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Social Mission

Introduction
Part 1
Part 2
Part 3
Part 4
Part 5
Part 6
Part 7
Part 8

AQUA

Introduction
Background
The Creators
A Review

One Night

Introduction
Year 1 (2013)
Year 2 (2014)
Year 3 (2015)
Year 4 (2016)
Year 5 (2017)
 

 

Poetic Social Mission


"Moving Stars and Earth for Water"


On September 30, 2009, a civilian became a spaceflight participant aboard Soyuz TMA-16, a manned flight from the Baikonur Cosmodrome in Kazakhstan to and from the International Space Station (ISS). Joining two members of the Expedition 21 crew – Russian cosmonaut Maksim Surayev (Commander, from the Russian Federal Space Agency, FSA) and NASA Astronaut Jeffery Williams (Flight Engineer) – was Guy Laliberté, who paid approximately $35 million USD for his seat through the American firm Space Adventures, becoming the first Canadian space tourist in the process. Space Adventures as you may or may not know, offers a variety of programs, such as: Orbital spaceflight missions to the International Space Station (with an option to participate in a spacewalk), Circumlunar missions around the Moon (although none of those have taken place), zero gravity flights, cosmonaut training programs, spaceflight qualification programs, and reservations on future suborbital spacecraft.

Since 2001, Space Adventures has launched seven clients on eight successful missions to the International Space Station (ISS): In April 2001, the company sent American businessman Dennis Tito for a reported $20 million payment, making him the first space tourist. South African businessman Mark Shuttleworth did the same in April 2002, becoming the first African in space. Gregory Olsen became the third private citizen to travel to the ISS in October 2005, followed by the first female space tourist, Anousheh Ansari, who completed her 10-day orbital mission in September 2006.

 
Launch: Sep 30, 2009, 07:14:45 UTC
Rocket: Soyuz FG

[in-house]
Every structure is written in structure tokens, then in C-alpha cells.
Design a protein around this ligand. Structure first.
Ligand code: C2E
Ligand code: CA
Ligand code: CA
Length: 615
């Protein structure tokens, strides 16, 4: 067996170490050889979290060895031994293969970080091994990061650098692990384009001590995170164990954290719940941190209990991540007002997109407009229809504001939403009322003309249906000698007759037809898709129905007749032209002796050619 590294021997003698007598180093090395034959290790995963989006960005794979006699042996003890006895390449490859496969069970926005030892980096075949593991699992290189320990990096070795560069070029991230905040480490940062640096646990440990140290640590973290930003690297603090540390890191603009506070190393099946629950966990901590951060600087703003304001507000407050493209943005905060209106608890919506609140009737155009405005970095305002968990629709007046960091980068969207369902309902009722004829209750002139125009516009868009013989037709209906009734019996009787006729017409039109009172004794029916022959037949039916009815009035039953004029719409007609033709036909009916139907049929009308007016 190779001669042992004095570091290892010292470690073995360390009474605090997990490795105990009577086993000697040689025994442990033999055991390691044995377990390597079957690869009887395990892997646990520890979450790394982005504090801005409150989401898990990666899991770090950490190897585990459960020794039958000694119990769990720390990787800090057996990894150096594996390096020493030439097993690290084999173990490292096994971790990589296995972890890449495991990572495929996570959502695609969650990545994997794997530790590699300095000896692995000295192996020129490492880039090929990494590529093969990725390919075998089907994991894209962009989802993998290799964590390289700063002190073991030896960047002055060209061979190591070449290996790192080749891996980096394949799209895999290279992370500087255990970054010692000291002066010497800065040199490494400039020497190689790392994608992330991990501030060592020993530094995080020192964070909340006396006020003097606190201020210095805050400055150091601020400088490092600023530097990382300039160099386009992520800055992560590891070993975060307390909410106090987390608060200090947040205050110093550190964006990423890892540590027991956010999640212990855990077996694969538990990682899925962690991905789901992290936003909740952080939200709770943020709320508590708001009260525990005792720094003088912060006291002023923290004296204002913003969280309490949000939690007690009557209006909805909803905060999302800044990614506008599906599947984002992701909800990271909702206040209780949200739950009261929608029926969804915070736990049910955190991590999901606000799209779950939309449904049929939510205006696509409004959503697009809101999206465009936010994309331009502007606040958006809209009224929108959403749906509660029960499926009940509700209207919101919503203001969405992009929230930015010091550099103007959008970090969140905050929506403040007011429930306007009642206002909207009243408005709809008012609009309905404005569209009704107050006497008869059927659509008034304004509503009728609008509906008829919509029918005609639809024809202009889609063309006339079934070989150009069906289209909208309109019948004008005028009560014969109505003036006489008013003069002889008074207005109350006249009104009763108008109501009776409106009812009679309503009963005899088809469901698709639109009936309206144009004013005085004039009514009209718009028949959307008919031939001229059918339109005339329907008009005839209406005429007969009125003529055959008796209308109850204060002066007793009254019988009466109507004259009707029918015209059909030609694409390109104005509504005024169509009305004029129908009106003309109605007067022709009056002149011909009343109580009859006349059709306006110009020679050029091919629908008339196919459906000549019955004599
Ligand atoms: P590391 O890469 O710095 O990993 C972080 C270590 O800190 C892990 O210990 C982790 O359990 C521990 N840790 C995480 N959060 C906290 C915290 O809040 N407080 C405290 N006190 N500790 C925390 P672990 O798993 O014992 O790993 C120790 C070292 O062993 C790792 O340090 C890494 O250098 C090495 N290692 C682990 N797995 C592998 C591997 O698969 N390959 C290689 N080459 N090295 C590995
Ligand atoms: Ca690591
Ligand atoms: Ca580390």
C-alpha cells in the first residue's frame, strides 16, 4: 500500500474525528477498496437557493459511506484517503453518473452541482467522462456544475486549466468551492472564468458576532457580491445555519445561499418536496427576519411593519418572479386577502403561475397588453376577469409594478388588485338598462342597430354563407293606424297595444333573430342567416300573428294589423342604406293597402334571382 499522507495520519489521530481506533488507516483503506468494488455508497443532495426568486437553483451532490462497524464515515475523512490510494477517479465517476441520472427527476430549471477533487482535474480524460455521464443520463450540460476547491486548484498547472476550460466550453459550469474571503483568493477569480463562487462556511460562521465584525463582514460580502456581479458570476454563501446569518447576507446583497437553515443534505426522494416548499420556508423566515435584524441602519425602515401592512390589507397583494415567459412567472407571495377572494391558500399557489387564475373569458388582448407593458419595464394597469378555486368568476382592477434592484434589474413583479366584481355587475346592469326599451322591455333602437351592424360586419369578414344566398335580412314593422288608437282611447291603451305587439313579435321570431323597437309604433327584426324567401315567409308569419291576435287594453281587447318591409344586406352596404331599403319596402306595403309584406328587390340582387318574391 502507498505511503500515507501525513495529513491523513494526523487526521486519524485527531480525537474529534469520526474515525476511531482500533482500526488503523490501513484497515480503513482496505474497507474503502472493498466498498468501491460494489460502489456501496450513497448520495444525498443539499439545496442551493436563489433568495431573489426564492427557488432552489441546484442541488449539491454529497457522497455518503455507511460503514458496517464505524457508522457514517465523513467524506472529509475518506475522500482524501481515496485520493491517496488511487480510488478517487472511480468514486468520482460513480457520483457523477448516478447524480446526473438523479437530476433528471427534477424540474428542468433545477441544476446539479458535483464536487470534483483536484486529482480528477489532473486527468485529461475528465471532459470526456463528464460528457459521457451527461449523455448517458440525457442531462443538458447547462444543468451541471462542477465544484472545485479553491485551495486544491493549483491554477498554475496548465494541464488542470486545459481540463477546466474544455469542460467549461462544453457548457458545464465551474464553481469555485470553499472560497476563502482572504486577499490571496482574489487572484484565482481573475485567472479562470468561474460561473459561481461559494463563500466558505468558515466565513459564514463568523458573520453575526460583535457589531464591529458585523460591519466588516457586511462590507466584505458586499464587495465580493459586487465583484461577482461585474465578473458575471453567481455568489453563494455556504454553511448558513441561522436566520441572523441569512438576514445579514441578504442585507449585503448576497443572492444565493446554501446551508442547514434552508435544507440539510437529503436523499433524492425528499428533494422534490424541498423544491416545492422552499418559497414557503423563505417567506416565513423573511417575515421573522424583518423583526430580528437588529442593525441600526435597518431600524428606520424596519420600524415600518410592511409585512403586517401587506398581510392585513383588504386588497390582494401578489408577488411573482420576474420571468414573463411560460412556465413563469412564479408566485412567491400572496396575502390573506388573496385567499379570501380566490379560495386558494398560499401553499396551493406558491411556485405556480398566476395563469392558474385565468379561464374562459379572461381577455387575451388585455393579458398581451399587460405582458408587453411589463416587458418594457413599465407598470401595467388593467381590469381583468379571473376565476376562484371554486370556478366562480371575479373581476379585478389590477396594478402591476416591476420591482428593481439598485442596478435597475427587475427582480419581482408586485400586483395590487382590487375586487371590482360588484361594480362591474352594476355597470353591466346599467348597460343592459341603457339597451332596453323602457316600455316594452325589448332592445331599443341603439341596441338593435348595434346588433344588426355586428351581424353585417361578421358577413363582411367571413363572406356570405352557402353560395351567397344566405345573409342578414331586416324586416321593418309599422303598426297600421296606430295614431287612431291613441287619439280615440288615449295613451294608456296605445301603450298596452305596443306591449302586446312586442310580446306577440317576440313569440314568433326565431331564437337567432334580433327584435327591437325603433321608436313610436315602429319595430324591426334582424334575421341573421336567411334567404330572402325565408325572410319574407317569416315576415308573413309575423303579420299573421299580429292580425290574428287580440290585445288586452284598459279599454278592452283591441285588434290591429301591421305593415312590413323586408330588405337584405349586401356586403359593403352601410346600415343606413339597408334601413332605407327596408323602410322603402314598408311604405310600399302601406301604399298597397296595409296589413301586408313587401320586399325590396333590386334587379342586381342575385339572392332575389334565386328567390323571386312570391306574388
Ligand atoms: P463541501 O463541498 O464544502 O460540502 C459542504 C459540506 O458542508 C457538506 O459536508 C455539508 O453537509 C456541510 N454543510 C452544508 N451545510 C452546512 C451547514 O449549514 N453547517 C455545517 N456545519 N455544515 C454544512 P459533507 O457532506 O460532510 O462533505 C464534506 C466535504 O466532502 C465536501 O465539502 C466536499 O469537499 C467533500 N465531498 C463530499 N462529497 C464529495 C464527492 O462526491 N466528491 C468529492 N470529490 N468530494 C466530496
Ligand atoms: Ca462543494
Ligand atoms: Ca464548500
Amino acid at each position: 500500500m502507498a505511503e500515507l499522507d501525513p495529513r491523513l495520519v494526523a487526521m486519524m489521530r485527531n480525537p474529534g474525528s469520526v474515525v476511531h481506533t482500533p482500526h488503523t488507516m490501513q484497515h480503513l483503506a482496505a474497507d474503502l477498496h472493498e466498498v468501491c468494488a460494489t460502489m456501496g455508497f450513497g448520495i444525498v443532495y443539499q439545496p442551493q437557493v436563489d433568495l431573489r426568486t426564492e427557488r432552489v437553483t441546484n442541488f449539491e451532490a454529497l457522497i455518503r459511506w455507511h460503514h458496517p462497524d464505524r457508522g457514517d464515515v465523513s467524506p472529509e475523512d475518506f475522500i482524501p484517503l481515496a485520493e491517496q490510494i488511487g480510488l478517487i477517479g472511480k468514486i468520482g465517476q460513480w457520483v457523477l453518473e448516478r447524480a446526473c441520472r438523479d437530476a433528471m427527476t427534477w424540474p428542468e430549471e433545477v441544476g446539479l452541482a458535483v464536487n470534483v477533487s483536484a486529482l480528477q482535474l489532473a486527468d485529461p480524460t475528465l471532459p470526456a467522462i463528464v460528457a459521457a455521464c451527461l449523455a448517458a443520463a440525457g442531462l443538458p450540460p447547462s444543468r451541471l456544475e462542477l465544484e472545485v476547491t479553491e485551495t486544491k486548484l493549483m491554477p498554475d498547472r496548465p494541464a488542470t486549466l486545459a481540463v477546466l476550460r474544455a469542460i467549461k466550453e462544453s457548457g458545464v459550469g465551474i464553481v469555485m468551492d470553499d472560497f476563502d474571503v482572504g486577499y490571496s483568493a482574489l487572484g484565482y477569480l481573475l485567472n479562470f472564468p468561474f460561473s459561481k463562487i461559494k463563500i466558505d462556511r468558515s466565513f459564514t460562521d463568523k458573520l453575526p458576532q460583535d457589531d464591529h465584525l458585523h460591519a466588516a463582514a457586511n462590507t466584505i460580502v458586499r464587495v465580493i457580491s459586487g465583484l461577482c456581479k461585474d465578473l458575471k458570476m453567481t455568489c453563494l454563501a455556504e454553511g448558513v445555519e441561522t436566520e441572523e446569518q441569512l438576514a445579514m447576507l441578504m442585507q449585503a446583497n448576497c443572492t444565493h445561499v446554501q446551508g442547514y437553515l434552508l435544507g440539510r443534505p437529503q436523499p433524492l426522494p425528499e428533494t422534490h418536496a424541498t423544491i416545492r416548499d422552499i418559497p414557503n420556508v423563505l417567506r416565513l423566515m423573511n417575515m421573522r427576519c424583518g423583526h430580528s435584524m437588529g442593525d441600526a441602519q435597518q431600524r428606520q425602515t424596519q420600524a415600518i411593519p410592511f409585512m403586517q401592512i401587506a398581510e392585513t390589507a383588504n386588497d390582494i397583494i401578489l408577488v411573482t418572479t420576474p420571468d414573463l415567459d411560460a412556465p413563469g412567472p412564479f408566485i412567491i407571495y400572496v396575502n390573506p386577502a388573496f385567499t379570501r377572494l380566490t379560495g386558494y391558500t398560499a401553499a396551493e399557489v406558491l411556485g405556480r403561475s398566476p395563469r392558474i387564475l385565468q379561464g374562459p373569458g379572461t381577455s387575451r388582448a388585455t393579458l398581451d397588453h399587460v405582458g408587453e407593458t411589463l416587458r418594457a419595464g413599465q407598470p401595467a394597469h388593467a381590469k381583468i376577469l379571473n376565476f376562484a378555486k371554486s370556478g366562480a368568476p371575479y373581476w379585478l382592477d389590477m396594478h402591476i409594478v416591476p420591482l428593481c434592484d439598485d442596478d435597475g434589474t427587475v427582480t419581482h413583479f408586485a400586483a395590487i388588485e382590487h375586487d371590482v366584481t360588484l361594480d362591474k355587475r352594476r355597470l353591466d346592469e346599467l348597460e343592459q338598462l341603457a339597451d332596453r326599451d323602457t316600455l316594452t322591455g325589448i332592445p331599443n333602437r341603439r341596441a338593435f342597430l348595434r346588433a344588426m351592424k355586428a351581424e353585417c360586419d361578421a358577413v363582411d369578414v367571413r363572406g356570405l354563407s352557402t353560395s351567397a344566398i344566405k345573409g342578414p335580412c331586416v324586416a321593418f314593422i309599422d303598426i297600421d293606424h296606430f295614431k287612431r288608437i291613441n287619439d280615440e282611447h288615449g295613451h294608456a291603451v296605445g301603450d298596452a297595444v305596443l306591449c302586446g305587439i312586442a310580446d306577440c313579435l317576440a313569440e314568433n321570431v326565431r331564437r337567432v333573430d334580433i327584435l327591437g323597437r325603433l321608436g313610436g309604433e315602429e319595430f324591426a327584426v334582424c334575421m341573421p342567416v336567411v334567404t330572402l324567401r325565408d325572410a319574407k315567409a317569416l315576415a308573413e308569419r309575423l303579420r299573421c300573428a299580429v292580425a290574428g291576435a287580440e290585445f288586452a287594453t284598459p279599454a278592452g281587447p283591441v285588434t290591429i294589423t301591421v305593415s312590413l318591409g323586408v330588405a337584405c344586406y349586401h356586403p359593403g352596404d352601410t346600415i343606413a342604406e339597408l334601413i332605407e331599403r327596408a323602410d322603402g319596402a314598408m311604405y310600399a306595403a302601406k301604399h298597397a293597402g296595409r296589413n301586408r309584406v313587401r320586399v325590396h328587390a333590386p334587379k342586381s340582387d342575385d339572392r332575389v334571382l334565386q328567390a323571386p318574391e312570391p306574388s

Site: Baikonur 1/5
Landing: Oct 11, 2009, 04:32:10 UTC
Missions: Soyuz TMA-16 / TMA-14
Time: 10days, 21 hours, 17 minutes
 

Charles Simonyi, an ex-executive at Microsoft, became the fifth space tourist who visited the ISS in April 2007, then again in March 2009. (He is the world’s first private space explorer who launched to space twice.) In 2008, game developer Richard Garriott, the first second-generation U.S. astronaut, became the sixth client to travel to the ISS. And lastly (as of this writing), Cirque du Soleil founder Guy Laliberté.

TMA-16 was the 103rd flight of a Soyuz spacecraft, the first launching in 1967. To say it’s the Russian’s space work-horse is an understatement; it’s been quite reliable. Soyuz is the third Soviet human spaceflight program after the Vostok and Voskhod, and is directly comparable to NASA’s Apollo program of the same era (making Vostok the 1-man capsule comparable to Mercury, and Voskhod the 2-man capsule comparable to the Gemini program). In fact, Soyuz was originally developed by the Soviet Union as part of a moon landing project, intending to put Soviet cosmonauts on the Moon, which, alas, didn’t happen. However, the launch of Soyuz TMA-16 marked the first time since 1969 that three Soyuz craft were in orbit simultaneously – Soyuz TMA-14 was launched on March 26, 2009 (and consequently was the craft Laliberté returned in on October 11, 2009), Soyuz TMA-15 was launched on May 27, 2009 (returning December 1, 2009), and TMA-16 (which returned with another crew on March 18, 2010).

Besides fulfilling a life-long dream, Laliberté’s spaceflight was dedicated to raising awareness on water issues facing humankind on planet Earth, making his spaceflight the first – in his words – “poetic social mission” in space. And much of this experience was captured on film and recently spun into a feature-length documentary entitled TOUCH THE SKY. While the documentary is a compelling visual look into the experience, the adventure was also captured by Laliberté himself in the form of an online journal. Thus in this series we’ll be taking a look back at Guy’s Poetic Social Mission through his eyes, from the journal, in monthly installments, taking you through the initial steps Guy undertook all the way through to the launch and landing.

Buckle up, Rocket Men.


     
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